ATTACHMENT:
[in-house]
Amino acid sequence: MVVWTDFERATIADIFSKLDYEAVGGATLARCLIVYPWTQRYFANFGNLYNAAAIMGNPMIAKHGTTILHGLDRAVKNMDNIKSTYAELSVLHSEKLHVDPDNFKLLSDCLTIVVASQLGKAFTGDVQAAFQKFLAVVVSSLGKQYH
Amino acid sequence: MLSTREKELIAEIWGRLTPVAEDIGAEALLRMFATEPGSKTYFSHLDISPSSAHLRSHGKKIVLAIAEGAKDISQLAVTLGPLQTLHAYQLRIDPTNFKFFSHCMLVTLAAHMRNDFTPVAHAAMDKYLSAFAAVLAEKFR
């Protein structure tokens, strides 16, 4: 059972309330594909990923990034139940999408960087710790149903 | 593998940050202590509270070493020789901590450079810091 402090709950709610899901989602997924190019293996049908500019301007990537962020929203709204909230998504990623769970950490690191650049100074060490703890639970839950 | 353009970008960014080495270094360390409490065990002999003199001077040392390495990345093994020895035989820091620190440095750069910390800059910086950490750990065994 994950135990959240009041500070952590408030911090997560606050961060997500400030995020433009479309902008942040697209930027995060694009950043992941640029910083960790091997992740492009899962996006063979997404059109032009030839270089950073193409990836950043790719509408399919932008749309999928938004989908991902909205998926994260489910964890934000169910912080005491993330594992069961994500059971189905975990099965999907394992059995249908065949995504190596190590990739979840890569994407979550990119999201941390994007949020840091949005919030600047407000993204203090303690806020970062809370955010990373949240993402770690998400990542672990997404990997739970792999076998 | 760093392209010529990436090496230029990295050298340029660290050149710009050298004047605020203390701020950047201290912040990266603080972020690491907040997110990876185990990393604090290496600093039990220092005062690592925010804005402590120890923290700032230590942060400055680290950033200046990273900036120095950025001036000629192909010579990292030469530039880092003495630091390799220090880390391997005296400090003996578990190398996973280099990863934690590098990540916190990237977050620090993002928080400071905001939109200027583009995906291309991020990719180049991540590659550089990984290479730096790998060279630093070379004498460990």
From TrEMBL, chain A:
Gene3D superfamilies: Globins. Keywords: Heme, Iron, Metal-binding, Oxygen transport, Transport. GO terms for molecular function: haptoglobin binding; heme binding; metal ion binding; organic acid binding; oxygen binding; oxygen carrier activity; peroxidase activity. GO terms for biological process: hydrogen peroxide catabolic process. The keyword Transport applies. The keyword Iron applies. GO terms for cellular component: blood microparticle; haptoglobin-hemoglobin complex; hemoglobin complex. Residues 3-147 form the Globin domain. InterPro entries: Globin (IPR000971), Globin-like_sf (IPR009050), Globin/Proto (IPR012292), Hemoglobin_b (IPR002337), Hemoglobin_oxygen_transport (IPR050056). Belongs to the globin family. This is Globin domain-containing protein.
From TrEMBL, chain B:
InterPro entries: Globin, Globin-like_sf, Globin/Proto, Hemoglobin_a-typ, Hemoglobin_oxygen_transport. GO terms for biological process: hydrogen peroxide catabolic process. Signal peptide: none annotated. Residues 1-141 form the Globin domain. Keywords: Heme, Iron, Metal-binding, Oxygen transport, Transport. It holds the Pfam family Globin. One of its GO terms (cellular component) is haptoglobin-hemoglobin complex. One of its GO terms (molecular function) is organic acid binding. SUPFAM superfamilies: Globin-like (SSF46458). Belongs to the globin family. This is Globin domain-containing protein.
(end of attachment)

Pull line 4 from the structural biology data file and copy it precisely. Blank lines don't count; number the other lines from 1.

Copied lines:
């Protein structure tokens, strides 16, 4: 059972309330594909990923990034139940999408960087710790149903 | 593998940050202590509270070493020789901590450079810091 402090709950709610899901989602997924190019293996049908500019301007990537962020929203709204909230998504990623769970950490690191650049100074060490703890639970839950 | 353009970008960014080495270094360390409490065990002999003199001077040392390495990345093994020895035989820091620190440095750069910390800059910086950490750990065994 994950135990959240009041500070952590408030911090997560606050961060997500400030995020433009479309902008942040697209930027995060694009950043992941640029910083960790091997992740492009899962996006063979997404059109032009030839270089950073193409990836950043790719509408399919932008749309999928938004989908991902909205998926994260489910964890934000169910912080005491993330594992069961994500059971189905975990099965999907394992059995249908065949995504190596190590990739979840890569994407979550990119999201941390994007949020840091949005919030600047407000993204203090303690806020970062809370955010990373949240993402770690998400990542672990997404990997739970792999076998 | 760093392209010529990436090496230029990295050298340029660290050149710009050298004047605020203390701020950047201290912040990266603080972020690491907040997110990876185990990393604090290496600093039990220092005062690592925010804005402590120890923290700032230590942060400055680290950033200046990273900036120095950025001036000629192909010579990292030469530039880092003495630091390799220090880390391997005296400090003996578990190398996973280099990863934690590098990540916190990237977050620090993002928080400071905001939109200027583009995906291309991020990719180049991540590659550089990984290479730096790998060279630093070379004498460990």